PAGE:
Chinese January credit data came in quite a bit stronger than expected, amid firm new loan growth and local government spending, which contributed to significantly a higher overall total social financing number (CNY5.7trn vs. the CNY4.3trn consensus). Chinese New Year fell earlier this year, but it’s not clear if that accounts for the strong outcome.
China December money supply ticked up, reflecting easier financial conditions. We also saw solid growth in total social financing, which came in ahead of expectations. The authorities have been keen to avoid an overt debt splurge, trying to generate more targeted easing, particularly focusing on transmission to SMEs in the private sector. These numbers suggest this has been a partial success...
Quite a slowdown in credit growth during October, certainly compared to the rate we saw last year. While the trend for shadow sector deleveraging continues there was also quite a sharp slowing of bank loans. Corporate bond issuance remained muted while there was a pronounced deceleration in the ‘other’ category, which now encompasses local government bond issuance.
Eurozone saw a renewed uptick in money supply growth in August, but it was driven by a further increase in M1 rather than broader money. Credit growth seems to be on a firmer footing, with strength being driven by France and Germany while in Italy and Spain we’re still seeing deleveraging, notably on the corporate side. And deposits still growing faster, suggesting some caution. Quite positive from the ECB’s perspective, particularly with the latest easing package yet to factor.
Chinese August money supply and credit data was in line with market expectations. Money supply growth remains stable. Even if M2 was fractionally above estimates the broad money growth rate has been basically static for the past eighteen months. On the credit side loan growth picked up a little from last month, but overall not that different to what we saw this time last year.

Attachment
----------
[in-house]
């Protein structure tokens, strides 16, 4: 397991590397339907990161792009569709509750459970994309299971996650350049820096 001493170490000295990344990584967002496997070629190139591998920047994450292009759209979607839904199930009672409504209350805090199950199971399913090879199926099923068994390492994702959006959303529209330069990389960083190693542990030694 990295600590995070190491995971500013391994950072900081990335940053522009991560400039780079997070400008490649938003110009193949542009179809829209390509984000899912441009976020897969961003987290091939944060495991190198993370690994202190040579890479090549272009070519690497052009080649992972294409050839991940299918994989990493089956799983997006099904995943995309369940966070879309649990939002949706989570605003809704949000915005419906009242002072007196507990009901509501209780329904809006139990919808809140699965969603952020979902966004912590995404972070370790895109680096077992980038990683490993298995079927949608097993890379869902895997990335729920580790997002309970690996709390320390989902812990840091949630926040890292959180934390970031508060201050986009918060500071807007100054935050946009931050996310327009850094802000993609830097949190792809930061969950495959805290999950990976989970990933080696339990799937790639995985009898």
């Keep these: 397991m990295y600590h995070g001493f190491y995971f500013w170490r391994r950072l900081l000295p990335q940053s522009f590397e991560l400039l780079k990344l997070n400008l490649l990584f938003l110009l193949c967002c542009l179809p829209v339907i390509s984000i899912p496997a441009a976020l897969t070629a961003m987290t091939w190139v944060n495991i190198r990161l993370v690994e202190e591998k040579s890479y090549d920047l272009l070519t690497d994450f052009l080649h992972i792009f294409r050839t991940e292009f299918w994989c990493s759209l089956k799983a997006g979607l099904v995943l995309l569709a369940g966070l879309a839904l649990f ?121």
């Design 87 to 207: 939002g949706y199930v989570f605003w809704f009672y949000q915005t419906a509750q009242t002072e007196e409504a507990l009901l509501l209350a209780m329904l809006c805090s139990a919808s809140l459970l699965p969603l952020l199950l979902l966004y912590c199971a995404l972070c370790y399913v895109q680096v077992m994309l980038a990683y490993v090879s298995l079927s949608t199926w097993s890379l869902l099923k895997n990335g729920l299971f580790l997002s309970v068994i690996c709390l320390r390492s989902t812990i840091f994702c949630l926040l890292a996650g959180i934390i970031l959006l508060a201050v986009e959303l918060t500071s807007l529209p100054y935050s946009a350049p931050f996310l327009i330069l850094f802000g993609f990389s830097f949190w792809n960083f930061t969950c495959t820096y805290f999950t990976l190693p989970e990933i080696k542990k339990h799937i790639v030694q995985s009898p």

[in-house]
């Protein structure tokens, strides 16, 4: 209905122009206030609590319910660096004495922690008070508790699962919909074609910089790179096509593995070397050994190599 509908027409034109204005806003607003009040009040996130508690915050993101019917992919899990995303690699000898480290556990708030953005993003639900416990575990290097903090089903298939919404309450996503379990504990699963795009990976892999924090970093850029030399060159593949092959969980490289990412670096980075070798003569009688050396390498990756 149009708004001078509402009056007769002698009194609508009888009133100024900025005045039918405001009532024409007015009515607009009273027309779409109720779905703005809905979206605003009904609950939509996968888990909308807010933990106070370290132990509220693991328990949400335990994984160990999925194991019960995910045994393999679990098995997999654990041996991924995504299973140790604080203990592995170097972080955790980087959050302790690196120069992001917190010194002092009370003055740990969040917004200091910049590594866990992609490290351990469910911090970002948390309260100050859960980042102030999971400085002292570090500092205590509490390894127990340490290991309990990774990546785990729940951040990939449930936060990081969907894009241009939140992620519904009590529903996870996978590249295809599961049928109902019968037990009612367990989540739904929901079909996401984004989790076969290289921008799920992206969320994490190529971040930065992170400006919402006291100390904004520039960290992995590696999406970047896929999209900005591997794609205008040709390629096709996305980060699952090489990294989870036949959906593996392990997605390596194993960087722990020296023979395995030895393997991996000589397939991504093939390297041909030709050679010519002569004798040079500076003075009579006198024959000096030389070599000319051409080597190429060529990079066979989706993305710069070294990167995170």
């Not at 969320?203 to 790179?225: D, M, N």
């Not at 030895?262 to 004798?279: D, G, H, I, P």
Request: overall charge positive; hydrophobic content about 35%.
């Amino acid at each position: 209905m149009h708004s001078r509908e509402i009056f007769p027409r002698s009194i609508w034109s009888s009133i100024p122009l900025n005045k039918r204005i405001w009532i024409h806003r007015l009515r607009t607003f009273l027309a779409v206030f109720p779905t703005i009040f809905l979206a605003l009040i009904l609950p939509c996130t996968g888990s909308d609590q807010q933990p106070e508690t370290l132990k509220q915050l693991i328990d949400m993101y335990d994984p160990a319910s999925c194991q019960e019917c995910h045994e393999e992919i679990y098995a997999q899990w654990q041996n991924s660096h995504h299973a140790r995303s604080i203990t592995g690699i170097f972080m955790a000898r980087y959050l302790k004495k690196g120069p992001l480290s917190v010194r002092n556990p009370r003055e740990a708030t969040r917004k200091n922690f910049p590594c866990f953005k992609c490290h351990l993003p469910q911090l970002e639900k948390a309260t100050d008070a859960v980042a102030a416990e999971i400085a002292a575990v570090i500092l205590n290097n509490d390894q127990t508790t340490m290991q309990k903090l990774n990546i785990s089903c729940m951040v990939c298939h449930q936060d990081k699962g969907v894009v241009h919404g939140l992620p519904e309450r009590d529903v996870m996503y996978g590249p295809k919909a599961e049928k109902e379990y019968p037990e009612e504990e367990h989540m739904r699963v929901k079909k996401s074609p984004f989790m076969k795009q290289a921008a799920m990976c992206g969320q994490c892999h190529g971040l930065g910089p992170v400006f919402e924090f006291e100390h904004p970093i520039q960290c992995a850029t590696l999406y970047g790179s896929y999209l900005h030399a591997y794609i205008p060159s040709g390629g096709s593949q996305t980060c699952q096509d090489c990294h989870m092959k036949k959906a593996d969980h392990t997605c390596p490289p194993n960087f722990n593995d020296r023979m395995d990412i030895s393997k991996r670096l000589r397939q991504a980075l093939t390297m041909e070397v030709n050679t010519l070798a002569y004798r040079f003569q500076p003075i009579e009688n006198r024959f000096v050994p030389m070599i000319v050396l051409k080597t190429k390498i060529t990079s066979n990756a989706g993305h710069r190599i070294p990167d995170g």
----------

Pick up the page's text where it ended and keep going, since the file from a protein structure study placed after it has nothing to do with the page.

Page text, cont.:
Stronger than expected rise in credit during June with the culprit appearing to be an increase in local government bond issuance, reflecting official efforts to support the domestic economy. Loan growth continues to run well ahead of nominal GDP. And with no underlying pick up in money supply growth the velocity measures also remain weak.
Money supply continues to tick up again, but overall there is not much to suggest we’re in any marked re-acceleration phase, which is equally evident in the persistently weak money multipliers. Credit data surprised on the downside thanks to some moderation in consumer demand for money. Non-financial side looks stronger.
Money supply growth remains steady. Credit growth has quickened a touch from April but overall there isn’t much evidence that the governments stimulus efforts have opened the credit spigots, particularly the private sector. Debt is growing a little faster than GDP again, but not markedly.
Eurozone putting together some better credit figures in April (once adjusting for sales and securitisations) amid strong growth in non-financial corporate borrowing in Germany and consistently strong credit demand (at both a corporate and consumer level) in France. This growth has more than offset ongoing weakness in Italy, where NFC lending continues to contract rapidly.
Underlying money supply growth remains weak, reflected in M2’s shrinking share relative to GDP. But the credit multipliers do look better, with some upward momentum suggesting that efforts to spur lending have been working, and the right type of lending as seen by the ongoing contraction of borrowing from the shadow banking sectors.
Money supply growth has picked up again but it’s being driven by a rise in M1, specifically overnight money. Velocity continues to fall. Credit growth meanwhile remains in the doldrums.
A solid set of credit numbers, suggesting the government is succeeding in reopening this transmission channel, which should begin to show up more notably in the activity and growth data from hereon in.
People are always keen to write off China. Its authoritarian regime has built up malinvestments and debt beyond that of any other emerging economy, both in nominal terms and as a share of GDP. Even its GDP is often deemed to be over-inflated. But we are not on the cusp of a collapse. For a start, China’s financial system still has relatively closed circuitry, with the money being owed mostly by state-owned enterprises (SOEs) to state-owned banks, meaning relatively modest connectivity to the wider world.
As inflation rises global capital will be repriced. The process will start in the US, though the UK may be…